He is going to the bank a final time with a loan extension plan he hopes will keep Fairwood Lanes open.
The general manager of the only bowling alley in Roanoke Rapids, Hajayanee said today he has noticed a downward slide in business for the last three years.
“The economy is bad, people don’t have the extra money, gas prices are up. People have to cut corners, there is no rise in their pay scale.”
Hajayanee, general manager of the bowling alley for the last seven years, has been to the banks before with no luck. “We’re not bringing in the revenue to sustain the building. I’m not asking the bank to renegotiate the loan or drop the interest rate.”
By extending the 11 years left on the loan, he feels there would be a win-win for both parties. “The bank will make more money on extending the loan.”
If Monday’s request fails, the general manager must tell his nine employees they have lost their jobs and he feels certain he will be forced to declare bankruptcy.
“I need to continue revenues and upgrades,” he said. “I’m looking for help and there is no one to help us.”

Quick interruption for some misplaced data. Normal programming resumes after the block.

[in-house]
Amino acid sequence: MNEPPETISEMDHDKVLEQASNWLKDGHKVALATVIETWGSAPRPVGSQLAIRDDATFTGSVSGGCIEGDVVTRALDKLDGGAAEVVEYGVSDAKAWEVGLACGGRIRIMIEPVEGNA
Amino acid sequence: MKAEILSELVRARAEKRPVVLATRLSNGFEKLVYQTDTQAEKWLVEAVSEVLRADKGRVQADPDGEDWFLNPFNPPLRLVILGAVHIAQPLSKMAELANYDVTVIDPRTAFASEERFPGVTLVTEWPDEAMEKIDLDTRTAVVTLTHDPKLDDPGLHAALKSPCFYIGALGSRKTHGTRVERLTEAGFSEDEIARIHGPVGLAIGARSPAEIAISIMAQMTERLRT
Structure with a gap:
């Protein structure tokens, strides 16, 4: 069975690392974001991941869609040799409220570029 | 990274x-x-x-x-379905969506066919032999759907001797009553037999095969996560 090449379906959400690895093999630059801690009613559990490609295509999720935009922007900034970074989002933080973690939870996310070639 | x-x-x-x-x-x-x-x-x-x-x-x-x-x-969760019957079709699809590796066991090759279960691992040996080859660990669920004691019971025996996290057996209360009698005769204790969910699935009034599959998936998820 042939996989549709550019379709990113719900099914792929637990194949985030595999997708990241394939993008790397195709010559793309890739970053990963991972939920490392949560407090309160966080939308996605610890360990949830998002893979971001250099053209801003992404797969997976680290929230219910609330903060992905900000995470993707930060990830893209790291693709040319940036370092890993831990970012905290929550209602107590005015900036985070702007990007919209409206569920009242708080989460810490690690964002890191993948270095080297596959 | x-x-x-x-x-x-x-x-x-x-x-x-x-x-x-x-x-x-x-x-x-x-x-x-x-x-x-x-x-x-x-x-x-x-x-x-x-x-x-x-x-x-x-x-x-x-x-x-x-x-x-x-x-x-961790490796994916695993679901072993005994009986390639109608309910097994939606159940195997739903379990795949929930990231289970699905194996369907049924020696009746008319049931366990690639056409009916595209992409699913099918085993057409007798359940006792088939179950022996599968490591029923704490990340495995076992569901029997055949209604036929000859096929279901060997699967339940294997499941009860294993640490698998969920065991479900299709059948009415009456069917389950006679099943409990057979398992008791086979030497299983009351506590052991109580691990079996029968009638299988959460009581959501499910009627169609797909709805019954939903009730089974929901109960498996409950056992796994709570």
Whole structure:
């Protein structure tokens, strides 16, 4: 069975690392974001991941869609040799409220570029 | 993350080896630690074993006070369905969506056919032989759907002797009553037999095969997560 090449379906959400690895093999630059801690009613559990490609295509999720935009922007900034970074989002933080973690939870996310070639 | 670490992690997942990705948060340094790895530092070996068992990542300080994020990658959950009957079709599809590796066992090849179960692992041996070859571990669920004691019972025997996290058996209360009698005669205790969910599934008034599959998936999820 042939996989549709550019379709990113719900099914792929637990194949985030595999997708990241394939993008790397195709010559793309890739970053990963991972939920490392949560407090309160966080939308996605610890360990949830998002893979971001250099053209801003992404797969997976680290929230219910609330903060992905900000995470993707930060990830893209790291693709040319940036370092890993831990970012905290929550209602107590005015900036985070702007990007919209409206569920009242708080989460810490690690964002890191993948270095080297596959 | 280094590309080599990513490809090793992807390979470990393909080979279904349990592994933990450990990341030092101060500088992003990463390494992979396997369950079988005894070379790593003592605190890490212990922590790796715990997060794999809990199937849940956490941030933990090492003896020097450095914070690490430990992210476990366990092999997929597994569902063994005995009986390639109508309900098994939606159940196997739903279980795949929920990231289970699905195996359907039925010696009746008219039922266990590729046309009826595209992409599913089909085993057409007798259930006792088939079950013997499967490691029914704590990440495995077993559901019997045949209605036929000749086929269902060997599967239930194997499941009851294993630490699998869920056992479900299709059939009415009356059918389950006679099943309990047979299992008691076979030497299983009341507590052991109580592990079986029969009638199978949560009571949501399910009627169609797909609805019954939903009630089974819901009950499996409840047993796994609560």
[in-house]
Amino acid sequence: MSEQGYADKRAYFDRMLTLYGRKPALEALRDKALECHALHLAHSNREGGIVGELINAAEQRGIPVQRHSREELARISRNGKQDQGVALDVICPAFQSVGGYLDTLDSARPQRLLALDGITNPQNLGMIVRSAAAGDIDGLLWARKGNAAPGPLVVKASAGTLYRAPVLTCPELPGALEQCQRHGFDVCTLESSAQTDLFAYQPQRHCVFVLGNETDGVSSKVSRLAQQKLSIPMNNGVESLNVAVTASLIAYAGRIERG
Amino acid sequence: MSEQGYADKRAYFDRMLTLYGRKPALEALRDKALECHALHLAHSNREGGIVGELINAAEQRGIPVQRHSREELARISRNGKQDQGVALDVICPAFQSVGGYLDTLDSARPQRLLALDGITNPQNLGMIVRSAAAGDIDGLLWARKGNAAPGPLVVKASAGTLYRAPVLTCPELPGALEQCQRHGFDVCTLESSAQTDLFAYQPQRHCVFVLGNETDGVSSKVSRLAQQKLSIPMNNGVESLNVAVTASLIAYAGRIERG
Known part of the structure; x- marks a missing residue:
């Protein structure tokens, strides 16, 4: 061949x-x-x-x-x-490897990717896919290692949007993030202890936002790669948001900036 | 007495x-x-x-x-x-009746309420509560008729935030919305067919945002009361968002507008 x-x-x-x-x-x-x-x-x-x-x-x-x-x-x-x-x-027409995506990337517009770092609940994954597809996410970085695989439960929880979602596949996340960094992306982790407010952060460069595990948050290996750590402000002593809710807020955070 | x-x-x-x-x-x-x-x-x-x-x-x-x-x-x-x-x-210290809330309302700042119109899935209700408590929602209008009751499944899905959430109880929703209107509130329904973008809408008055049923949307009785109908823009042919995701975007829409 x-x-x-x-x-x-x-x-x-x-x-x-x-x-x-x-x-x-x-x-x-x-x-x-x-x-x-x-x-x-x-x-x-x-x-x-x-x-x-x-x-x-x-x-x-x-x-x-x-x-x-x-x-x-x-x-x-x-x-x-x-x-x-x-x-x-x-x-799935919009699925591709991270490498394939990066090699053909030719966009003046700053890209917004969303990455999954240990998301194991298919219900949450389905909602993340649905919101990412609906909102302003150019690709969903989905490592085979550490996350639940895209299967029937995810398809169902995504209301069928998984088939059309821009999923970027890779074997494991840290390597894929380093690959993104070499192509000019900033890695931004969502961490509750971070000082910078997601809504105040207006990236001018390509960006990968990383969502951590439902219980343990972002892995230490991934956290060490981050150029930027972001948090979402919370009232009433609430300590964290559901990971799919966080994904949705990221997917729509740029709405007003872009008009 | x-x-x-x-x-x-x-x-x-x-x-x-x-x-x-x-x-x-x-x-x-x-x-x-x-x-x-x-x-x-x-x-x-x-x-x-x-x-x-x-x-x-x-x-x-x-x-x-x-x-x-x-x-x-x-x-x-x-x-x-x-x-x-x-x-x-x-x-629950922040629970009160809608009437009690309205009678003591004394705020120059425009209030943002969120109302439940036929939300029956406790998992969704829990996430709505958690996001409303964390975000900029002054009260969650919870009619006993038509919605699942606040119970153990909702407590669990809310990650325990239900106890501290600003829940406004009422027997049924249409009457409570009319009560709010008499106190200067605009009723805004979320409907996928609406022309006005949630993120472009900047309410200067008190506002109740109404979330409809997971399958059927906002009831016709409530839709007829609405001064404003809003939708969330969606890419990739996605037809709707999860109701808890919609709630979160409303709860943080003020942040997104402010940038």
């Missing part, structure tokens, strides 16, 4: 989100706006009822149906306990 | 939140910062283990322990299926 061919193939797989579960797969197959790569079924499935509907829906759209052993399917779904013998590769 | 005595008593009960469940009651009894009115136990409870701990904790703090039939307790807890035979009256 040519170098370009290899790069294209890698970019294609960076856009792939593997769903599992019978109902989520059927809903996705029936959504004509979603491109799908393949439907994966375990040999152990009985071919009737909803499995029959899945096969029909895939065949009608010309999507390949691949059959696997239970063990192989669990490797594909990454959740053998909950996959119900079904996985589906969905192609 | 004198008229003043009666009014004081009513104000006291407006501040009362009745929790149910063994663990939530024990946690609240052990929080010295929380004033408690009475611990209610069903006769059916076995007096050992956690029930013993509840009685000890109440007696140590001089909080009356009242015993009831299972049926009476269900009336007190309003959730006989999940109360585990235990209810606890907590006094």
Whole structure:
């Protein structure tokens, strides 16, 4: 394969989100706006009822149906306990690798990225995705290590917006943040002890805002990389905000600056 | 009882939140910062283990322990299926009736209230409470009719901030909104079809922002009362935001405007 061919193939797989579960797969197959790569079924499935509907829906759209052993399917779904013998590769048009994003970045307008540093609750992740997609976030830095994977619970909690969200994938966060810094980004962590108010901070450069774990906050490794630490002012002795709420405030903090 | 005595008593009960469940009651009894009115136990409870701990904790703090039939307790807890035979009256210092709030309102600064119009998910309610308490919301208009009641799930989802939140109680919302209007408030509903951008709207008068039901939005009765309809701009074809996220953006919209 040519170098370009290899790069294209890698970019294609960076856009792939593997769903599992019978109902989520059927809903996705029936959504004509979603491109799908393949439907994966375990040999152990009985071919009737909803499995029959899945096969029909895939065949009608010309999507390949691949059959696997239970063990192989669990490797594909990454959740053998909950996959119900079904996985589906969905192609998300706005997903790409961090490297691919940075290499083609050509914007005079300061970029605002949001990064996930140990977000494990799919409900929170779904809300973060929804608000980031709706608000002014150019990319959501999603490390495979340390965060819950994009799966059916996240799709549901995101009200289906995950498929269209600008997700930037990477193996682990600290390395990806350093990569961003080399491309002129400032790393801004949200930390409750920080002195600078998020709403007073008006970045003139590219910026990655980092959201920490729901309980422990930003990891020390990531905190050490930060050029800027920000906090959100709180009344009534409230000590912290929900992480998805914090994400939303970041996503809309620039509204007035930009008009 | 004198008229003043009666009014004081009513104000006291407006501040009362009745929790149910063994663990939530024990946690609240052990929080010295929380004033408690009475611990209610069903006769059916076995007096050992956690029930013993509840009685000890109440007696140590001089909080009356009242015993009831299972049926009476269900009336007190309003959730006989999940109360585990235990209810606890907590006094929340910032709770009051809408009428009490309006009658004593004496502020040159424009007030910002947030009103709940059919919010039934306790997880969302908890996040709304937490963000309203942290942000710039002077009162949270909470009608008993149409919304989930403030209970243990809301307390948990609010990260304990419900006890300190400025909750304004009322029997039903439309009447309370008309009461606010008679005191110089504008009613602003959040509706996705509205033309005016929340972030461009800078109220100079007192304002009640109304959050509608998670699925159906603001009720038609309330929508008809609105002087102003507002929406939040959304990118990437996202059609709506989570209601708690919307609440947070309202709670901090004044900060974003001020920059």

In the past three years the size of leagues have shrunk and during that time Hajayanee has been faced with the choice of trying to secure a loan for upgrades and improvements or trying to extend the loan. “I can’t sustain both payments at the same time.”
He finds himself in a Catch-22 position. “When I talk to the bank, they don’t want me to shut down,” but, he says, the bank has not offered to extend the loan. “If no one helps me I’m shutting down. I don’t have anyone helping me. I’ve been a citizen for 30 years in the U.S. but here in town I’m new. I’m sitting in the dark waiting for a miracle to happen.”
The alley is currently opened whenever there are bookings, he said. An elementary school was in earlier today and Hajayanee was working with two employees. “I do whatever I can to keep it open. I’m doing everything myself to keep it open.”
The expenses in light of the downturn make it difficult to operate. Payroll is about $10,000 a month and he has already let seven employees go.
To keep the alley open is about $1,000 a day, $9,000 a month goes to the bank, $3,000 goes to the electric bill and $1,800 to insurance. There is also the expense of taxes.
“There’s a lot of money involved,” he said. “If they help me I’ll stay.”
Hajayanee has tried to maintain the alley as a family place. “My point of view is I think they need to keep this place. If they shut it down then where will the kids go?”
He believes the city should show some interest in the matter. “Without help we can’t sustain. If I knew people I would go door-to-door and ask them to help.”